.subscribe(data => console.log(data));
    


  • Manipulating form values. There are a lot of cases when it comes in handy — perform some logic based on a value in a form, transform the value, debouncing user input, and many other scenarios:

    import { debounceTime } from 'rxjs';
    
    this.form.get('name').valueChanges.subscribe(newValue => console.log(newValue));
    // will output value from 'name' control on every change
    
    this.form.get('query').valueChanges
      .pipe(debounceTime(500))
      .subscribe(query => this.performSearch(query));
    // will invoke 'performSearch' after 500ms of last typed value
    


  • Share the data between components. We can create a BehaviorSubject, one component can push values into the BehaviorSubject, and another component can subscribe to it and retrieve them:

    import { BehaviorSubject } from 'rxjs';
    
    // In a shared service
    private dataSubject = new BehaviorSubject(null);
    public data$ = this.dataSubject.asObservable();
    
    public updateData(newData) {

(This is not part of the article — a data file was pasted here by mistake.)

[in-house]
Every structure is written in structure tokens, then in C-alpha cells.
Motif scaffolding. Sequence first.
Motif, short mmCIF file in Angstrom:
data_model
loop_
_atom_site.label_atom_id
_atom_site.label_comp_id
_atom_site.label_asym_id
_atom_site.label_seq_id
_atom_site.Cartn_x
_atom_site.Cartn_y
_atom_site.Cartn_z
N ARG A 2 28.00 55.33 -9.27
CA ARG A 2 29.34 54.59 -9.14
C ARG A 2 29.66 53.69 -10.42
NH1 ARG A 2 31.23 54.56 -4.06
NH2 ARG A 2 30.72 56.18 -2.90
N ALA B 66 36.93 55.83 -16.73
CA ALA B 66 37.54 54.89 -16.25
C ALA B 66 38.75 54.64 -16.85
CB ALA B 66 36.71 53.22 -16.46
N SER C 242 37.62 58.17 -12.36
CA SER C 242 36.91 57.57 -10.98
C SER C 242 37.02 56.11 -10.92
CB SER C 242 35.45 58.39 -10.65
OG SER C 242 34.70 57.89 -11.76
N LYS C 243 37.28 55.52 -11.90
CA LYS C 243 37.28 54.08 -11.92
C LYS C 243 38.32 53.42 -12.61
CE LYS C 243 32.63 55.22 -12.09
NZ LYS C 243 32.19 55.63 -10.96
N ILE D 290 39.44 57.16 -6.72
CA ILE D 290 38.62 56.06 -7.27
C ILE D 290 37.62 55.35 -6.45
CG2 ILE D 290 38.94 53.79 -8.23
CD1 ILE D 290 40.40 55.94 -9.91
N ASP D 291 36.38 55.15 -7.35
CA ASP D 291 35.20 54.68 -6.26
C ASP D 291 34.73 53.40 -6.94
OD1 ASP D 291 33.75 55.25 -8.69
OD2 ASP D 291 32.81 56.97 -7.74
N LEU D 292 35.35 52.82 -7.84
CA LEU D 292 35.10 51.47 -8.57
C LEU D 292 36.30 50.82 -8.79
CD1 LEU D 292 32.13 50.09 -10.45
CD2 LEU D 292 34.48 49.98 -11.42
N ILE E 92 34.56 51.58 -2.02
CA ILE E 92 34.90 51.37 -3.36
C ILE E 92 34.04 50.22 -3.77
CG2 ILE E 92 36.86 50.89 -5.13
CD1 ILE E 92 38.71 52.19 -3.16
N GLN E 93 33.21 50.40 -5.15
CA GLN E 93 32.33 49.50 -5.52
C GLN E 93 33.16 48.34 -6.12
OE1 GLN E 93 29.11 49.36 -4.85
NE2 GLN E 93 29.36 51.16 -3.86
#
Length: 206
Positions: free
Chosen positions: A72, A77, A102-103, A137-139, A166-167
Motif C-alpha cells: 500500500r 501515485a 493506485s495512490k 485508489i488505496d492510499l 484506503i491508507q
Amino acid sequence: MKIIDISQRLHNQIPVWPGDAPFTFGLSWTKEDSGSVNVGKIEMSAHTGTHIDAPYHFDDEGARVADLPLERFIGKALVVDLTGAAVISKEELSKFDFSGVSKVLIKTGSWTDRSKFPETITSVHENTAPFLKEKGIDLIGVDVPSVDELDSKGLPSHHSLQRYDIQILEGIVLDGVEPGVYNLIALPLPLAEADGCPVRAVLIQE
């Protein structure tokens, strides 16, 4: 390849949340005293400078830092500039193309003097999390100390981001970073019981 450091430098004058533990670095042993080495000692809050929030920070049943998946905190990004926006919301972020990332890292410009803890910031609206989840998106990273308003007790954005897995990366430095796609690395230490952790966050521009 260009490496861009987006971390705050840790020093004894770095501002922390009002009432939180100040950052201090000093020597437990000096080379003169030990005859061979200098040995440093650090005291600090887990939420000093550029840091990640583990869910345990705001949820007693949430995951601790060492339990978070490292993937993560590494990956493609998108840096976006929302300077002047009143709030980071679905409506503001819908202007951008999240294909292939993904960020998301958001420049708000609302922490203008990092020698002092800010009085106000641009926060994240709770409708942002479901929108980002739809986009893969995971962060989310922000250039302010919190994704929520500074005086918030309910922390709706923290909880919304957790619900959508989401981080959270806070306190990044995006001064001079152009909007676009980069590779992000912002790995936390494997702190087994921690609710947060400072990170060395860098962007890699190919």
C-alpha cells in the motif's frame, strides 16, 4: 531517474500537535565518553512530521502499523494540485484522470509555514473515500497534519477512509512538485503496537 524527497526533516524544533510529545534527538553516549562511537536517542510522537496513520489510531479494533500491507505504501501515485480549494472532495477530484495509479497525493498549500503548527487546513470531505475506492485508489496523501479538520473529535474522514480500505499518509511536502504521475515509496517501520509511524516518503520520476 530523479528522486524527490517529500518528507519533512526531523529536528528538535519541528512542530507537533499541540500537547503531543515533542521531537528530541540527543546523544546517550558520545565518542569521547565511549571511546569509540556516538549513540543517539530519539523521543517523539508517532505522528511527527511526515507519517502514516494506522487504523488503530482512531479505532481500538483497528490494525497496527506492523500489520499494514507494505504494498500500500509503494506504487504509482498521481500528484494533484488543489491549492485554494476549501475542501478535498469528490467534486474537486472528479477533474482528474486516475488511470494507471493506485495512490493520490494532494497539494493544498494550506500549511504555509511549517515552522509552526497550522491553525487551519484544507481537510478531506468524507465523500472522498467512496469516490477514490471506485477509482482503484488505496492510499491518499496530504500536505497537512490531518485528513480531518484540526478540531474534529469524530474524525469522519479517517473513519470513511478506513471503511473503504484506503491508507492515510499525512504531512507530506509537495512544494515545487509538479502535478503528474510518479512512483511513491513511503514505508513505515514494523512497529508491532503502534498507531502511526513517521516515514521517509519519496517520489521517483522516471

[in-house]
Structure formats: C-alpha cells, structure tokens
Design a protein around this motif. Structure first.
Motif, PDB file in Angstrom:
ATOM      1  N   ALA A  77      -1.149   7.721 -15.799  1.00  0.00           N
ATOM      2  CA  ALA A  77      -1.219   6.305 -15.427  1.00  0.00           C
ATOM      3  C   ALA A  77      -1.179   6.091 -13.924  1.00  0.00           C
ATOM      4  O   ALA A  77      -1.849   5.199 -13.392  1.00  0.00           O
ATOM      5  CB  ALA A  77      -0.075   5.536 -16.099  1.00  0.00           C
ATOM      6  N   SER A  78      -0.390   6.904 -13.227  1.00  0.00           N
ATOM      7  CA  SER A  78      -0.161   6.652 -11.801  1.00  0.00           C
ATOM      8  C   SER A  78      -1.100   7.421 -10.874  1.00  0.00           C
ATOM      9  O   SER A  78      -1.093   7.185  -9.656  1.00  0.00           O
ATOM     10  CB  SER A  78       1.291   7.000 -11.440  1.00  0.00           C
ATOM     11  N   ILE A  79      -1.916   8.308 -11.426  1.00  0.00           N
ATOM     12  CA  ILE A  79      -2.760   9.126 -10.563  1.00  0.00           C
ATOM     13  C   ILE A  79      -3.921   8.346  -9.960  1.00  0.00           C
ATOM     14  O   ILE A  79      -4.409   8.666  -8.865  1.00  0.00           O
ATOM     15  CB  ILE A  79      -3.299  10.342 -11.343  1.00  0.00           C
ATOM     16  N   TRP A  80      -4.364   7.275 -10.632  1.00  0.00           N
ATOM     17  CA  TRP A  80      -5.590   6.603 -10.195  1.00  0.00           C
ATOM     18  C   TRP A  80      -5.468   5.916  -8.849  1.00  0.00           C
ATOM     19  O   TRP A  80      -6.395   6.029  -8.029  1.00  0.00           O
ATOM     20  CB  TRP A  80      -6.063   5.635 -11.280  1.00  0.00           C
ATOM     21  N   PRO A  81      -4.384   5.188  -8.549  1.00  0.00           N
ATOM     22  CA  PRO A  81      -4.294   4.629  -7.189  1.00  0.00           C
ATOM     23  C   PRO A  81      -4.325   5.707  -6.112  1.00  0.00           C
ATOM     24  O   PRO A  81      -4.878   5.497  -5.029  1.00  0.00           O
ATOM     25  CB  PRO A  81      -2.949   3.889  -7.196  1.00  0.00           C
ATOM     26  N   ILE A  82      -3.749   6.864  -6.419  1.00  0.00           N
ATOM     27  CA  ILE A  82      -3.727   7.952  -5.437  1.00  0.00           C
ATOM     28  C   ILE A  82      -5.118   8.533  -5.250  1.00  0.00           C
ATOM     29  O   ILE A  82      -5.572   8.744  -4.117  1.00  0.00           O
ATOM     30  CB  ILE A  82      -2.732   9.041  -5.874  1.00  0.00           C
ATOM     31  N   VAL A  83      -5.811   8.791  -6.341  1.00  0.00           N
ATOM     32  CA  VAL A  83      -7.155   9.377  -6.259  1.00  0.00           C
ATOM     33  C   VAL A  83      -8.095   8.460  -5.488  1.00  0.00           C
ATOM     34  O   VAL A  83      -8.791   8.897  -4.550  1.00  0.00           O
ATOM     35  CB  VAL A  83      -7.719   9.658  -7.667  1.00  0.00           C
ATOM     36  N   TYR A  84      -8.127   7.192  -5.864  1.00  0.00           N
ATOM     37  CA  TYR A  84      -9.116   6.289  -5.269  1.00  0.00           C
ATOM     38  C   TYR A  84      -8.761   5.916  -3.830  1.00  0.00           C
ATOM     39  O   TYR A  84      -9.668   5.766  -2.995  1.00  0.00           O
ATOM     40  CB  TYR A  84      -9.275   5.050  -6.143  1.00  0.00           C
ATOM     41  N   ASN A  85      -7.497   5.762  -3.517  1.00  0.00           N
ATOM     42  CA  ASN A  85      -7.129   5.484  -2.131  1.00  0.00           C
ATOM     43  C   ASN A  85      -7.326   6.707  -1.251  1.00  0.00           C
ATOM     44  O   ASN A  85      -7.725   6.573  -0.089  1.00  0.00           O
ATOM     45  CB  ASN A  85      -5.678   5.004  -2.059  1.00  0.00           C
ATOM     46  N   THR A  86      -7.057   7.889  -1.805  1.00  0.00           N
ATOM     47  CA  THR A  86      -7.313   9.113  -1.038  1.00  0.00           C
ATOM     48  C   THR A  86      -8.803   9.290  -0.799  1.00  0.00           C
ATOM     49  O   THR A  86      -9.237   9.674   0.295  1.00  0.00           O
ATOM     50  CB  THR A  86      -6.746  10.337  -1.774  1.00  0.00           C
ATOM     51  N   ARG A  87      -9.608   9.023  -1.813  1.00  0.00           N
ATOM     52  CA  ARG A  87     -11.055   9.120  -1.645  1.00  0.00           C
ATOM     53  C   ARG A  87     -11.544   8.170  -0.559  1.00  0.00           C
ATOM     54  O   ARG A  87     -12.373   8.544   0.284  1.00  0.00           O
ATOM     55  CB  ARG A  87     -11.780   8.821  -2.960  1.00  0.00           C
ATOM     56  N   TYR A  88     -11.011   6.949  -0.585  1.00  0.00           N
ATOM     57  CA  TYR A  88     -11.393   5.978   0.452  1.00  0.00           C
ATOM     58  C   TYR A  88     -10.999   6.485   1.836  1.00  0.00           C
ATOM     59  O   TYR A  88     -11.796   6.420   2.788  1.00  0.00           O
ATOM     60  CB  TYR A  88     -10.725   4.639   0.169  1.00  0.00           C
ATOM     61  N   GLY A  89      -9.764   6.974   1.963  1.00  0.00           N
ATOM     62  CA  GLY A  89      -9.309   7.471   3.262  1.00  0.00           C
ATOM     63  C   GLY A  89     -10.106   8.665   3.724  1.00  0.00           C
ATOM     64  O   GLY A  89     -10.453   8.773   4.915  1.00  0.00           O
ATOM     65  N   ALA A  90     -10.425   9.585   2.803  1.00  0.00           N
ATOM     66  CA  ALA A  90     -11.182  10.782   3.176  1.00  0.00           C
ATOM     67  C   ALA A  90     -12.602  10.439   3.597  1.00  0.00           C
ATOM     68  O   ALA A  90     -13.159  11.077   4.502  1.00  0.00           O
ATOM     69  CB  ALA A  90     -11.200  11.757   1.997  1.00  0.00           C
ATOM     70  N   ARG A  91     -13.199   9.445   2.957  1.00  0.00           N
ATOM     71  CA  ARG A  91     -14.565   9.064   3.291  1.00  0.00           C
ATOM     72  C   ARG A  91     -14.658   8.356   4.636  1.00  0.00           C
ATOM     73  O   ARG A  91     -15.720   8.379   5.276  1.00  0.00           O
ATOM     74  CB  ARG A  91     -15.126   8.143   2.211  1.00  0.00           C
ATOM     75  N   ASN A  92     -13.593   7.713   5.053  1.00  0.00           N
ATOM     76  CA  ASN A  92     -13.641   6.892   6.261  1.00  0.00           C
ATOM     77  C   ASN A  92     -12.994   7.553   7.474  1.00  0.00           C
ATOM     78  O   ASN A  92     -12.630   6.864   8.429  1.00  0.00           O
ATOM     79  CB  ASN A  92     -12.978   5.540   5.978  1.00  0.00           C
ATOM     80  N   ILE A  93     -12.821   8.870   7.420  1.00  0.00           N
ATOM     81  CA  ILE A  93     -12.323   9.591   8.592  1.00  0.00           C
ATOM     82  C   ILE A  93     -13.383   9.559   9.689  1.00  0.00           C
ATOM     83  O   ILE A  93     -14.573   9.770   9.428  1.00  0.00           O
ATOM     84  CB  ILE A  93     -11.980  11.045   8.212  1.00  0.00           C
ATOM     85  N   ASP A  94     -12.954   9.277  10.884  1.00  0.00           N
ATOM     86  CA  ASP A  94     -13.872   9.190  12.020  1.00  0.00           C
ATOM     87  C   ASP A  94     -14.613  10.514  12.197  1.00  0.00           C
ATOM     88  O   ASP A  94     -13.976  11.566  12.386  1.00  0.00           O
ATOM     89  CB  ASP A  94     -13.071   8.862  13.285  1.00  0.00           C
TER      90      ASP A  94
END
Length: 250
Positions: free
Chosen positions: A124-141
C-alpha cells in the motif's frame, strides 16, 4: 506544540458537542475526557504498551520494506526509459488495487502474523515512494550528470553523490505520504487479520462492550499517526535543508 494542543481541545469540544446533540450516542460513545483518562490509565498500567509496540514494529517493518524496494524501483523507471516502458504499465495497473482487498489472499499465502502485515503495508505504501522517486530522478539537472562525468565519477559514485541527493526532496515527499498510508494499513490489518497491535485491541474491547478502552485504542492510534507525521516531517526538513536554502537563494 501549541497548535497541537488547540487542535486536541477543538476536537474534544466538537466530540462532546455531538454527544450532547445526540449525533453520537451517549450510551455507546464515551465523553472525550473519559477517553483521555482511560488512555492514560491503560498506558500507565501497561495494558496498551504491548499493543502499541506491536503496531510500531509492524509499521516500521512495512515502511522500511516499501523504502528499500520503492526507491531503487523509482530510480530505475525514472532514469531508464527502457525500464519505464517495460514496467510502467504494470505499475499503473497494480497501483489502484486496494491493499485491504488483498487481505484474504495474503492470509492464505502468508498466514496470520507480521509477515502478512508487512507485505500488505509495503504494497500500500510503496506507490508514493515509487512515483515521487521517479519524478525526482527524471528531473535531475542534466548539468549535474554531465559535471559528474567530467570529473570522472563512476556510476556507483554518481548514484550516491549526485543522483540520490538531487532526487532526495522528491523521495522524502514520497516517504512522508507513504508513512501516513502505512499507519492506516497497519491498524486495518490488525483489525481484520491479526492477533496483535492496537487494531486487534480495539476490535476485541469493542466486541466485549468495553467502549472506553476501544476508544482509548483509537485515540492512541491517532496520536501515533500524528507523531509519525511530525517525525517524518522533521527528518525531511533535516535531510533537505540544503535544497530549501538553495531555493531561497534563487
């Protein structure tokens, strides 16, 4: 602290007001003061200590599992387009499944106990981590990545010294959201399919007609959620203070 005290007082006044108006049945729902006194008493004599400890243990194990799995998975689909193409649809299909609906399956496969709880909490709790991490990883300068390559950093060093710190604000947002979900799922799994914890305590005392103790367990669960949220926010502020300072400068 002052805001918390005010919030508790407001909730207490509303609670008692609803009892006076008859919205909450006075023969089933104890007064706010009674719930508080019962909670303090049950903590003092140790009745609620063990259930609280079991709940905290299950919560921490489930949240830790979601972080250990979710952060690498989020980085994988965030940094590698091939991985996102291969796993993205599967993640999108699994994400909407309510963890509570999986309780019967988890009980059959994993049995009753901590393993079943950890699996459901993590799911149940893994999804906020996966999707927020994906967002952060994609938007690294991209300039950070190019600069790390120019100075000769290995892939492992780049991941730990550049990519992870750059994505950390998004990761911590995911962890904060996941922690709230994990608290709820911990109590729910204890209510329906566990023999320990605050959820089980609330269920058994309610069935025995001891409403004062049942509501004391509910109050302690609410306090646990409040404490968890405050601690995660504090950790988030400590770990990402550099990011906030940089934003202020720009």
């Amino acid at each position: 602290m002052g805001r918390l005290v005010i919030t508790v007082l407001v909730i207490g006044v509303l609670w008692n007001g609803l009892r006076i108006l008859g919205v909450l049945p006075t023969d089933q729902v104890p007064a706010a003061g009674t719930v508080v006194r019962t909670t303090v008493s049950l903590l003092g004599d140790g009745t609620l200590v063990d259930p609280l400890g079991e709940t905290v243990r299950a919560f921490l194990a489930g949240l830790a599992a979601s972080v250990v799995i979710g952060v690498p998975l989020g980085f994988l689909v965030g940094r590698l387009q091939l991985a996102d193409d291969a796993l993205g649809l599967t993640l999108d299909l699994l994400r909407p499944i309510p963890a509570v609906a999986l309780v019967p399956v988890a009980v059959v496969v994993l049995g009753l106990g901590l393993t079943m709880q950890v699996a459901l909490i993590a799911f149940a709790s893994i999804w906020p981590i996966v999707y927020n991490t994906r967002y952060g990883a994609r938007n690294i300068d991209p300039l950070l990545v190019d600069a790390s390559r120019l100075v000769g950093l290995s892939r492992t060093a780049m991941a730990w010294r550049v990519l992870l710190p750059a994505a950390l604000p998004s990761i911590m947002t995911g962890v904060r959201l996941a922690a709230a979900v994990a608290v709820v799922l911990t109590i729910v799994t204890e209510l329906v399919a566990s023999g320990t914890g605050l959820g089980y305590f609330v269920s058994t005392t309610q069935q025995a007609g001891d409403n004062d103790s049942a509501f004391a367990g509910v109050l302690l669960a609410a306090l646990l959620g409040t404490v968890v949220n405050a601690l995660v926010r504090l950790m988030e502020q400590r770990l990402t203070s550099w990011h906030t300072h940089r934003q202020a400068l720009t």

this.dataSubject.next(newData);
    }
    
    // In component A
    this.sharedService.updateData('Hello from Component A');
    
    // In component B
    this.sharedService.data$.subscribe(data => console.log(data)); // 'Hello from Component A'
    


This article can help you complete the initial picture of RxJS and its usage. But it's only a starting point. Becoming proficient in technology requires time, effort, and consistency.


These links can help you master the RxJS library:

  • RxJS Official Documentation: The official documentation is always a great place to start. It provides a comprehensive guide to all the concepts, operators, and usage scenarios;
  • Learn RxJS: This is an excellent resource with clear examples and explanations of different operators and concepts;
  • RxJS Marbles: An interactive way to learn about different RxJS operators using marble diagrams.